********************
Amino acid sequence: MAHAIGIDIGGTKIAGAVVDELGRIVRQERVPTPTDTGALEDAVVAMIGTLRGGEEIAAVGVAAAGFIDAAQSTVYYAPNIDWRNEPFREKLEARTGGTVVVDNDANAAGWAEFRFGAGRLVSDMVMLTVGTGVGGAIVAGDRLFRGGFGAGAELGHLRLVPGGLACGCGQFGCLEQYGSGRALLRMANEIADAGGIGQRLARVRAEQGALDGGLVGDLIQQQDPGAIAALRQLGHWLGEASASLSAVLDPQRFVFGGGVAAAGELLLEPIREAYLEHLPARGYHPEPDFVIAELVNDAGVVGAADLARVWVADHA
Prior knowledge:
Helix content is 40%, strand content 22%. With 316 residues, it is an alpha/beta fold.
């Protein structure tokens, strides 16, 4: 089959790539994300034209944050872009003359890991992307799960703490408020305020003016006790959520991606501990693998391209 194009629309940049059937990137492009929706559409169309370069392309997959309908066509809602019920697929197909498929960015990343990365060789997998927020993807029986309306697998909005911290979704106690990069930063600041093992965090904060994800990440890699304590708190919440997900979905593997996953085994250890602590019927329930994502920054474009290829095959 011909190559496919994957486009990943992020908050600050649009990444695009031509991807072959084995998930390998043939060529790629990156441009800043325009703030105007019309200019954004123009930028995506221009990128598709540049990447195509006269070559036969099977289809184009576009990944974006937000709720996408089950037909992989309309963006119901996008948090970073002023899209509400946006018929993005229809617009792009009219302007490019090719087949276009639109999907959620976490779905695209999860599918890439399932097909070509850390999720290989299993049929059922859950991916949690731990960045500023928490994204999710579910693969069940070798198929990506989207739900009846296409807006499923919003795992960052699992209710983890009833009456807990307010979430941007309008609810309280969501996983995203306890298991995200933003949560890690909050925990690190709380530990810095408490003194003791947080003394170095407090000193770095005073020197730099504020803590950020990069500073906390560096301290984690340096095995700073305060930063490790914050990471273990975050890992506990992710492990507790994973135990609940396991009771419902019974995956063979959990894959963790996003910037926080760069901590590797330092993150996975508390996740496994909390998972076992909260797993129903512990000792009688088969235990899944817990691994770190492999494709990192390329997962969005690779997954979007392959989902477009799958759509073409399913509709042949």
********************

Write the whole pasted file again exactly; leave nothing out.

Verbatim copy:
Amino acid sequence: MAHAIGIDIGGTKIAGAVVDELGRIVRQERVPTPTDTGALEDAVVAMIGTLRGGEEIAAVGVAAAGFIDAAQSTVYYAPNIDWRNEPFREKLEARTGGTVVVDNDANAAGWAEFRFGAGRLVSDMVMLTVGTGVGGAIVAGDRLFRGGFGAGAELGHLRLVPGGLACGCGQFGCLEQYGSGRALLRMANEIADAGGIGQRLARVRAEQGALDGGLVGDLIQQQDPGAIAALRQLGHWLGEASASLSAVLDPQRFVFGGGVAAAGELLLEPIREAYLEHLPARGYHPEPDFVIAELVNDAGVVGAADLARVWVADHA
Prior knowledge:
Helix content is 40%, strand content 22%. With 316 residues, it is an alpha/beta fold.
């Protein structure tokens, strides 16, 4: 089959790539994300034209944050872009003359890991992307799960703490408020305020003016006790959520991606501990693998391209 194009629309940049059937990137492009929706559409169309370069392309997959309908066509809602019920697929197909498929960015990343990365060789997998927020993807029986309306697998909005911290979704106690990069930063600041093992965090904060994800990440890699304590708190919440997900979905593997996953085994250890602590019927329930994502920054474009290829095959 011909190559496919994957486009990943992020908050600050649009990444695009031509991807072959084995998930390998043939060529790629990156441009800043325009703030105007019309200019954004123009930028995506221009990128598709540049990447195509006269070559036969099977289809184009576009990944974006937000709720996408089950037909992989309309963006119901996008948090970073002023899209509400946006018929993005229809617009792009009219302007490019090719087949276009639109999907959620976490779905695209999860599918890439399932097909070509850390999720290989299993049929059922859950991916949690731990960045500023928490994204999710579910693969069940070798198929990506989207739900009846296409807006499923919003795992960052699992209710983890009833009456807990307010979430941007309008609810309280969501996983995203306890298991995200933003949560890690909050925990690190709380530990810095408490003194003791947080003394170095407090000193770095005073020197730099504020803590950020990069500073906390560096301290984690340096095995700073305060930063490790914050990471273990975050890992506990992710492990507790994973135990609940396991009771419902019974995956063979959990894959963790996003910037926080760069901590590797330092993150996975508390996740496994909390998972076992909260797993129903512990000792009688088969235990899944817990691994770190492999494709990192390329997962969005690779997954979007392959989902477009799958759509073409399913509709042949």